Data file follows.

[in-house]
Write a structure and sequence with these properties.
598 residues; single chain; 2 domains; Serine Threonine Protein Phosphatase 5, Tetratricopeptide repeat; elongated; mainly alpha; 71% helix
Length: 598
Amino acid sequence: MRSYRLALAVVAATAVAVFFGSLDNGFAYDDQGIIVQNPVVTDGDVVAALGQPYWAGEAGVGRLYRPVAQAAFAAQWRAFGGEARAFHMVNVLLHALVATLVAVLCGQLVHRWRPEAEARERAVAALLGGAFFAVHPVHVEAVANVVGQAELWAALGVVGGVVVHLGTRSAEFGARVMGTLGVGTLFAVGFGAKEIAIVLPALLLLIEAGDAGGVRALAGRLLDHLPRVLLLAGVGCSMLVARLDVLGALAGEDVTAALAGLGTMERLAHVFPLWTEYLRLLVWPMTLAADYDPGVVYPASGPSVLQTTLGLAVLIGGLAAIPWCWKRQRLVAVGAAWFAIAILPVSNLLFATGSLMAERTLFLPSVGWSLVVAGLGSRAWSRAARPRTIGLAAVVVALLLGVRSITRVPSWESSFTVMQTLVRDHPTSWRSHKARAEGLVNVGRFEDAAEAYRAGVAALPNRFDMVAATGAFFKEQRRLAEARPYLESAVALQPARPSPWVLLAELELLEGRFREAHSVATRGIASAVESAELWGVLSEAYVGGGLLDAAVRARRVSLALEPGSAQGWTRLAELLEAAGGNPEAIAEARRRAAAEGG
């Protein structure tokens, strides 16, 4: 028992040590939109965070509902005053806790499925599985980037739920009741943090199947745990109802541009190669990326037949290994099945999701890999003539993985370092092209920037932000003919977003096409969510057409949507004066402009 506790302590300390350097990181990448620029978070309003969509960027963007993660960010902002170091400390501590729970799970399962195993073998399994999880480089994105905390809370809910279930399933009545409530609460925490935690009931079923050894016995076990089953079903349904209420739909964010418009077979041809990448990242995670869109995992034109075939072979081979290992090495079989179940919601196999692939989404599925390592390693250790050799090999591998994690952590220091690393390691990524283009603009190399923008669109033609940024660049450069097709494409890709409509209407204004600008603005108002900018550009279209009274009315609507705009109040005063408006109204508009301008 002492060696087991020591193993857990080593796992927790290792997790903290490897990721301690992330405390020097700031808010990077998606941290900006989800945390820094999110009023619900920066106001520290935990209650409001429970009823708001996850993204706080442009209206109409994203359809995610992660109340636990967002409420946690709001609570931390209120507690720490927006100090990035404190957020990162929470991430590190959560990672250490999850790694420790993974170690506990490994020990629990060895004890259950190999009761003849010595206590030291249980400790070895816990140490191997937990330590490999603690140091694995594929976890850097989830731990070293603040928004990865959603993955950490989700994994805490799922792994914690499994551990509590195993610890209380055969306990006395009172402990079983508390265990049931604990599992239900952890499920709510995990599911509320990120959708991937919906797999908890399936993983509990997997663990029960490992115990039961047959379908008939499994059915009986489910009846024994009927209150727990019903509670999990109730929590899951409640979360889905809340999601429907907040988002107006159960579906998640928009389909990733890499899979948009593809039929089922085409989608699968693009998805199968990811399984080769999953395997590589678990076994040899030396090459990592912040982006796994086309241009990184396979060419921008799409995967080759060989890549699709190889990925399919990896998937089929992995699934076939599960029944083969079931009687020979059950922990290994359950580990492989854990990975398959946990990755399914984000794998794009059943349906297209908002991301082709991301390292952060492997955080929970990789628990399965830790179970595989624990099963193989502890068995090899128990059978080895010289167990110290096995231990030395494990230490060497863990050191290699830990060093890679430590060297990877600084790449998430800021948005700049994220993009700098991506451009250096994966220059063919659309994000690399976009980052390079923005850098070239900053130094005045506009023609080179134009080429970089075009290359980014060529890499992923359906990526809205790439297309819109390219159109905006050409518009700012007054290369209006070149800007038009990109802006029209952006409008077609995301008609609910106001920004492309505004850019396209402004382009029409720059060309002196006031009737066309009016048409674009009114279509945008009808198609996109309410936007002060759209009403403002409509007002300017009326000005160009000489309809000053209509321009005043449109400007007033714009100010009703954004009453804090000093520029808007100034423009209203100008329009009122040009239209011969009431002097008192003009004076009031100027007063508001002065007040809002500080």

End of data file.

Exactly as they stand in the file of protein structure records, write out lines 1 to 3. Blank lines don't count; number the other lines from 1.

[in-house]
Write a structure and sequence with these properties.
598 residues; single chain; 2 domains; Serine Threonine Protein Phosphatase 5, Tetratricopeptide repeat; elongated; mainly alpha; 71% helix